We’re pleased to have Laurel Blount with us today. She’s here to tell us about her writing process and her July 2019 release!
Can you describe your writing process?
I really love people! So my initial story spark is almost always an interesting character. Once I have a strong sense of his or her personality, I brainstorm starter situations. What could this character be facing that would truly shake up his/her world? From there I map out a loose plot framework of turning points leading up to the dark moment. As soon as I feel comfortable with that structure, I start writing my first draft. I take a few minutes each morning to jot notes on the scene I’m planning to write before jumping in, and I can never resist doing some editing as I go along. My stories tend to bloom as I write them, and I go through numerous drafts as I true up the details.
Sure! As usual, Hometown Hope began with a character—widowed single dad Hoyt Bradley. Broad-shouldered, kind-hearted, great with his hands, but not so great with words, Hoyt’s motto when it comes to helping his grieving daughter is “Whatever it takes.” With that in mind, I pointed this blue-collar hero towards his personal kryptonite—a small bookstore owned by scholarly former classmate Anna Delaney. Anna and Hoyt share a prickly history, but the two opposites have one thing in common—a determination to help Hoyt’s book-loving daughter Jess recover her speech. So they team up—and stumble into a very unexpected romance. In my own life, I’ve found that God’s answers to my prayers often lie way outside of my personal comfort zones—involving the unlikeliest person or the most out-of-the-blue situation I could have imagined. Part of the inspiration for Hometown Hope was exploring that dynamic.
One fascinating aspect of this story is the hero’s young daughter’s selective mutism. In simpler terms, she has not spoken in three years. What prompted you to write a story with a child who faces this hardship, and how do you think the presence of that issue impacts the story?
Two children in my family have struggled with speech-related issues, and I’ve seen firsthand how challenging those can be. Also I’ve enjoyed reading author Torey Hayden’s accounts of her work as a special education teacher, and selective mutism was a specialty of hers. I found this complex issue very interesting—as well as Hayden’s creative approaches to helping her students overcome it. In Hometown Hope Jess’s speech challenges add depth to the story—and provide strong motivation for two very different people to cooperate with each other in their efforts to help her.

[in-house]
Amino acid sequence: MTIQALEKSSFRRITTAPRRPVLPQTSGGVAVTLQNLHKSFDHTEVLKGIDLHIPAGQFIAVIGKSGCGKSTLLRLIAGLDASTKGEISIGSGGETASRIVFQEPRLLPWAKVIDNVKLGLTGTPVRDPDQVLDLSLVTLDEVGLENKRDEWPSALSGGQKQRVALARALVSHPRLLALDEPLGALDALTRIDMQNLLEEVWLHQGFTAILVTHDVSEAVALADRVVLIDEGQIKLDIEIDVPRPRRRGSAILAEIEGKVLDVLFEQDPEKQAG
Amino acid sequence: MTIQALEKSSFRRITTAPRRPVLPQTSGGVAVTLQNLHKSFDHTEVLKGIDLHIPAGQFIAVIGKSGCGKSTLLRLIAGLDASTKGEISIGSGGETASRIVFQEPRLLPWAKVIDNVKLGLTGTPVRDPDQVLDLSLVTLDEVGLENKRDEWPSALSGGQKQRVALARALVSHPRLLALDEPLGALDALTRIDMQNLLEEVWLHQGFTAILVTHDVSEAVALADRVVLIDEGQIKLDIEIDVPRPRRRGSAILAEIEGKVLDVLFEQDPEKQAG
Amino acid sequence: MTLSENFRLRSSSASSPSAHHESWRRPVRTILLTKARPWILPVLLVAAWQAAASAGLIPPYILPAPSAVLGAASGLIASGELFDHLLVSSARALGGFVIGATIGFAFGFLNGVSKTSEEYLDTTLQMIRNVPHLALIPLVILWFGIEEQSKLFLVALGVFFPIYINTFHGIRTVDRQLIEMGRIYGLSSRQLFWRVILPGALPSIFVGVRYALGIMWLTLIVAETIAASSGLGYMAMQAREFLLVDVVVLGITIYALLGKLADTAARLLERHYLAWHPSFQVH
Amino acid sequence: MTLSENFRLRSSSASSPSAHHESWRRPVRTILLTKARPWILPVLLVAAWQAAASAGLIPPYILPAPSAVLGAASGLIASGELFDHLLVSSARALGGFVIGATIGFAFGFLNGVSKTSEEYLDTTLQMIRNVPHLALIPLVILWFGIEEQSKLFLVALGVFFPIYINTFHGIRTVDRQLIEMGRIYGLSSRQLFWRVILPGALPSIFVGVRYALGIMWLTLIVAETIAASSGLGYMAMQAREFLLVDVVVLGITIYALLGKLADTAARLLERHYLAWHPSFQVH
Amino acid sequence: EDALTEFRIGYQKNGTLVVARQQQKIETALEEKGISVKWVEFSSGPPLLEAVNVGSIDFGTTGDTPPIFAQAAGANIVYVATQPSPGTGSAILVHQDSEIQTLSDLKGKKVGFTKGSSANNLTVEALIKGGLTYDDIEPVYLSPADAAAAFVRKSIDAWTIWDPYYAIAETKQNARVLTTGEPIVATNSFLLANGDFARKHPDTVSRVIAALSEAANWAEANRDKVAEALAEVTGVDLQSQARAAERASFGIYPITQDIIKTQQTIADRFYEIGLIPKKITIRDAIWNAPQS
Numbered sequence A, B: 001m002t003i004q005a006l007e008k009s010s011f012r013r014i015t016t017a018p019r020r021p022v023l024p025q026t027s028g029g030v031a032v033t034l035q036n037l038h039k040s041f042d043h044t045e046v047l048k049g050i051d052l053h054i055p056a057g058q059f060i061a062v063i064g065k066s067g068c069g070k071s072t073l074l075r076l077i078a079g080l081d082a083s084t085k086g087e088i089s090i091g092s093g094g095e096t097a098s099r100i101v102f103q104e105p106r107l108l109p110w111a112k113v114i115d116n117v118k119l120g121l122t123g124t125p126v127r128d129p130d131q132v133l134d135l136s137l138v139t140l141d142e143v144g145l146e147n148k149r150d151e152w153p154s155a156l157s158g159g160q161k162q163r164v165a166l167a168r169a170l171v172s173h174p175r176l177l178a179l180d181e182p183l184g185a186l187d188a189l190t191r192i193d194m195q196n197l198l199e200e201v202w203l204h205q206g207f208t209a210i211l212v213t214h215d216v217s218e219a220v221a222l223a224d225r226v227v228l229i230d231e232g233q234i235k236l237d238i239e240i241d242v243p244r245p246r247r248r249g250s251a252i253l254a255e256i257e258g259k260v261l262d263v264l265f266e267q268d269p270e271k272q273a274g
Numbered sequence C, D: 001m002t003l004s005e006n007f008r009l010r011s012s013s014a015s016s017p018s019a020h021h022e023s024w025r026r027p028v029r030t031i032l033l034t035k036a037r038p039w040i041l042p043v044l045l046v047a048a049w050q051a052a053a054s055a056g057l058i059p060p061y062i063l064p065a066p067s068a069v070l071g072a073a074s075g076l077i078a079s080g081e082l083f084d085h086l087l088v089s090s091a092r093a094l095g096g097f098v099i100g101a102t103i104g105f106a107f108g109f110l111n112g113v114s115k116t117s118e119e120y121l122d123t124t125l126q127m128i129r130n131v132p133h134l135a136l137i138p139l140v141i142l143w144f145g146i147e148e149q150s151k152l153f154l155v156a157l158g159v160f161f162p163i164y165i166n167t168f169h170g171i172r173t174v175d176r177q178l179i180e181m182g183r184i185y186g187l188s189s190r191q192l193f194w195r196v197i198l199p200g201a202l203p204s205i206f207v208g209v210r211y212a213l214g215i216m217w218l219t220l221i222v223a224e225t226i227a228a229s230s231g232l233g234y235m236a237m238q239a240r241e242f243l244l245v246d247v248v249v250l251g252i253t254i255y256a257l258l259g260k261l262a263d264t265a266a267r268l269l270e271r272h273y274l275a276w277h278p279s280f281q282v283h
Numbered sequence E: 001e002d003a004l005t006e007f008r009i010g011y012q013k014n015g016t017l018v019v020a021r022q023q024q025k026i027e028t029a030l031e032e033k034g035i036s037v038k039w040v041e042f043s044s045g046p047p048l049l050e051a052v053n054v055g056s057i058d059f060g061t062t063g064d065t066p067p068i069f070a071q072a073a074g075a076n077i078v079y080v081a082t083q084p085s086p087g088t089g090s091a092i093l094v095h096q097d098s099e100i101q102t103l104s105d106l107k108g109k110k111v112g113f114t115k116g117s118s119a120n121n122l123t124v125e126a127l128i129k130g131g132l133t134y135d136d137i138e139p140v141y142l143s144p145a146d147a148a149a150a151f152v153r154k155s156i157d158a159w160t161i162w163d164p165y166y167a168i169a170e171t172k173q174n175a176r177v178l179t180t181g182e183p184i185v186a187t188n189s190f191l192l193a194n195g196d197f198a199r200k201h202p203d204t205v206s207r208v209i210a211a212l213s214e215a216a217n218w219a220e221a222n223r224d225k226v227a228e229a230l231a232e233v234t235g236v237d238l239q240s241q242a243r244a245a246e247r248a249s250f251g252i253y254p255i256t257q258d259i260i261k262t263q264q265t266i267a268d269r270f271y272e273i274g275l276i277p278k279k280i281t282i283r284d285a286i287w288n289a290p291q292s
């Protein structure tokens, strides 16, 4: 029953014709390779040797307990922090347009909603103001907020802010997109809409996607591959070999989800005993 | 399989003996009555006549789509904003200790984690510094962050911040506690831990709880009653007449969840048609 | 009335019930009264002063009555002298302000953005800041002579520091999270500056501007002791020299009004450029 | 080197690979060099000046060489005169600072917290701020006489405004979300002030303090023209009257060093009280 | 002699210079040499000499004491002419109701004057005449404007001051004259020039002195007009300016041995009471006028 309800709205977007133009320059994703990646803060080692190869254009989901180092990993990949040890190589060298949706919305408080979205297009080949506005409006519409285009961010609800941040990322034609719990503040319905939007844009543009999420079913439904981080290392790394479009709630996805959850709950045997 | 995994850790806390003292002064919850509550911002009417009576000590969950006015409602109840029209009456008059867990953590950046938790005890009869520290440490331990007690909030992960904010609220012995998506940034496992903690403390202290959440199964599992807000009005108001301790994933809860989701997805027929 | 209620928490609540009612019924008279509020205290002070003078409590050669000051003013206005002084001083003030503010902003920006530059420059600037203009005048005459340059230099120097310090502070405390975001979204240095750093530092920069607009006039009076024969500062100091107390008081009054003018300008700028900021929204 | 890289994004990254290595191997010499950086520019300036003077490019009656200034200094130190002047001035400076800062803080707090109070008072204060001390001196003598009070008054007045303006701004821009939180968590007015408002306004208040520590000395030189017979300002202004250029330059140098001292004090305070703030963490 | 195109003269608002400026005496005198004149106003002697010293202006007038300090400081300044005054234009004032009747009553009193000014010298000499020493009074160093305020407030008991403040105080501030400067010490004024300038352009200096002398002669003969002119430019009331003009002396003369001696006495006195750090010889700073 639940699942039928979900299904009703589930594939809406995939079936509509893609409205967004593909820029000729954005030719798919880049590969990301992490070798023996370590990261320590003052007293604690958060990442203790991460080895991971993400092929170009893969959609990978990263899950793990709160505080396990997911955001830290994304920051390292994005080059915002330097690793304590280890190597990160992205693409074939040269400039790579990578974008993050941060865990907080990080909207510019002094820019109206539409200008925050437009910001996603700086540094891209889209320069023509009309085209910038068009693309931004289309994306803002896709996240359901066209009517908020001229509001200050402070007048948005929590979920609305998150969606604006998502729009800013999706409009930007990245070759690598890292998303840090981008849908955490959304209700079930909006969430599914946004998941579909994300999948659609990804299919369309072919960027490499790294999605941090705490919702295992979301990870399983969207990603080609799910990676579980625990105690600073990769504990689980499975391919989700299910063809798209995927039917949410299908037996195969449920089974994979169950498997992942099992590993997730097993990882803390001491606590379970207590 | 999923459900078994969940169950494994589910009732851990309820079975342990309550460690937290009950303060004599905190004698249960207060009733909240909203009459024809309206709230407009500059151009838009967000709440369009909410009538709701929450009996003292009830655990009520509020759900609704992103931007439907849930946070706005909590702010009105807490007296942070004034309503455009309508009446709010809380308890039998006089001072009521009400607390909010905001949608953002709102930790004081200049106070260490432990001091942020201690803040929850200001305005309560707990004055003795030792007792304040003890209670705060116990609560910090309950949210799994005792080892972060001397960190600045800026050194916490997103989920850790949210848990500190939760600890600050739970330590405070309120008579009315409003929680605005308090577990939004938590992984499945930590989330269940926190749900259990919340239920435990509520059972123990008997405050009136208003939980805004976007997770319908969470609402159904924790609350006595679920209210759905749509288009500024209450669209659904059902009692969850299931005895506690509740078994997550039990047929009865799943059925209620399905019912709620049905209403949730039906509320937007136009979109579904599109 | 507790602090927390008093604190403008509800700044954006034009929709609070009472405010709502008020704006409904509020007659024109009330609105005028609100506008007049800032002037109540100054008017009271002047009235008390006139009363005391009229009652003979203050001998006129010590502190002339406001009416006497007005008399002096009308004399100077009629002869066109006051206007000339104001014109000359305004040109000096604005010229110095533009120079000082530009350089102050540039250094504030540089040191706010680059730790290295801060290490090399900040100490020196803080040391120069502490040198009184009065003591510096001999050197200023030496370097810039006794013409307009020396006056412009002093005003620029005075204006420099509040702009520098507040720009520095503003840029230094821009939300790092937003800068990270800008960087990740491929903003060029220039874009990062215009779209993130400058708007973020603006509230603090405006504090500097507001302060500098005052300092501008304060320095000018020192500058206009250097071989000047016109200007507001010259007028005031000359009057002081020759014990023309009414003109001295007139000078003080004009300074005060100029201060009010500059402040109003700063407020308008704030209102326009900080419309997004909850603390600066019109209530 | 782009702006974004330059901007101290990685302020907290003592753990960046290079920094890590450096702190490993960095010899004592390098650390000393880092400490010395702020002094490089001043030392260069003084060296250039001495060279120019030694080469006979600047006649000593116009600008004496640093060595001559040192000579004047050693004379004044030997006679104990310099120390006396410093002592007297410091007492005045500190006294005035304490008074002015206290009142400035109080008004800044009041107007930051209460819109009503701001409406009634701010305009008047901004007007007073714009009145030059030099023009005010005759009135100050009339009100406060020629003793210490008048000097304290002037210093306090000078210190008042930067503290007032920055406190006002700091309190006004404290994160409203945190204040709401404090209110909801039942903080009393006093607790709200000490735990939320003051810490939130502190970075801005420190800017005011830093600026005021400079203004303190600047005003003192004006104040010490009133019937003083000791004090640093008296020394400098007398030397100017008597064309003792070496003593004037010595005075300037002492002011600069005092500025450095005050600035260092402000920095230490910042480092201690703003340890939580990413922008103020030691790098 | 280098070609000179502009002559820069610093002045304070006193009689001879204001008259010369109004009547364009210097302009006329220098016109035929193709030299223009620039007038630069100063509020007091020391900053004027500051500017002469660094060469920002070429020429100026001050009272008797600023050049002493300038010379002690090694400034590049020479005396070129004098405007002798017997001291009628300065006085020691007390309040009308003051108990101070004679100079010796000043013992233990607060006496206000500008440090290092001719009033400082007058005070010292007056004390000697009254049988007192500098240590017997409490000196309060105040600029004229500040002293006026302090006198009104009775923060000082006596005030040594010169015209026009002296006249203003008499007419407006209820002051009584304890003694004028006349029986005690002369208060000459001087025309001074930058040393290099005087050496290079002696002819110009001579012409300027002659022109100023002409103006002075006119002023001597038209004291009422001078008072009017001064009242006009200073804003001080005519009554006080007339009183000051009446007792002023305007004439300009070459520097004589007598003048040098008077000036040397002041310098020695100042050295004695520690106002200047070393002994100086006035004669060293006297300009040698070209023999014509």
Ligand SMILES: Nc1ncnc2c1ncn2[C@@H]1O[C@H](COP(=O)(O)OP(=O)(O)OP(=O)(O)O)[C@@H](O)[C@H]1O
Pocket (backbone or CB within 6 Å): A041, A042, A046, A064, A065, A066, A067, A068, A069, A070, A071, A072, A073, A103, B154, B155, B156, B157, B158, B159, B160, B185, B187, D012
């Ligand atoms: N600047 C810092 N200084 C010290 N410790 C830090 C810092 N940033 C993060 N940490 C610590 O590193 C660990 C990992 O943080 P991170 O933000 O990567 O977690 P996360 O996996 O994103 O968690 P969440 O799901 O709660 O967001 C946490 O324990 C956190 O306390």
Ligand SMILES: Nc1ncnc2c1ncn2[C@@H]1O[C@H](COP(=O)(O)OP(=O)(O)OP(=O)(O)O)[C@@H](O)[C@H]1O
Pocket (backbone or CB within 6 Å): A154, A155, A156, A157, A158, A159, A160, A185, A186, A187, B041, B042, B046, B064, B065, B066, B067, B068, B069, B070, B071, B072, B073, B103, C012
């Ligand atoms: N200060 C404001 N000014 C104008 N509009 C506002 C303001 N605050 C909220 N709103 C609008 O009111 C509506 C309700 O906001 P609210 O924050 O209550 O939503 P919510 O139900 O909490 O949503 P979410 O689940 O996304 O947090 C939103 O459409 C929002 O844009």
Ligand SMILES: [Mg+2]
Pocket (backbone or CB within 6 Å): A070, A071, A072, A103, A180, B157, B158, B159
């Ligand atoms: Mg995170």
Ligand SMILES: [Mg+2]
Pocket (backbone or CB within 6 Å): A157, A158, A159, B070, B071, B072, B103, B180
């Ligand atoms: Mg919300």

In your own words, can you describe what defines Love Inspired?
Love Inspired romances spotlight sincere faith, loving families and strong friendships. Characters definitely do struggle, but we can be confident that these struggles will be portrayed in an encouraging way. I find these hopeful stories uplifting and refreshing reads that I turn to frequently–especially when I am feeling a little stressed! They work even better than chocolate—and that’s saying something!
What have you read and enjoyed recently?
Oh, my! You might be sorry you asked—I love to read. Let’s see—last week I finished Nancy Thayer’s A Nantucket Wedding, which was a fun beach read. A bookclub I attend recently read Eleanor Oliphant is Completely Fine by debut author Gail Honeyman—loved it! And yesterday I binge-read A Grief Observed by C.S. Lewis—an amazing and poignant book. I’m currently enjoying Mindy Obenhaus’s Love Inspired title Her Colorado Cowboy, and next up from my TBR pile will be Beverly Lewis’s novel The Tinderbox and a new Nora Roberts.
What advice do you have for writers?
Embrace your own voice, don’t give in to self-doubt, and never ever quit writing!
Laurel Blount lives on a small farm in Middle Georgia with her husband, David, their four children, a milk cow, dairy goats, assorted chickens, an enormous dog, three spoiled cats and one extremely bossy goose with boundary issues. She divides her time between farm chores, homeschooling and writing, and she’s happiest with a cup of steaming tea at her elbow and a good book in her hand.
Her debut novel, A Family for the Farmer, was the recipient of the 2017 Maggie Award for Excellence in the Romance with Religious or Spiritual Elements category. This book also received two 2017 Holt Awards of Merit and was a finalist in the 2017 Carol Awards.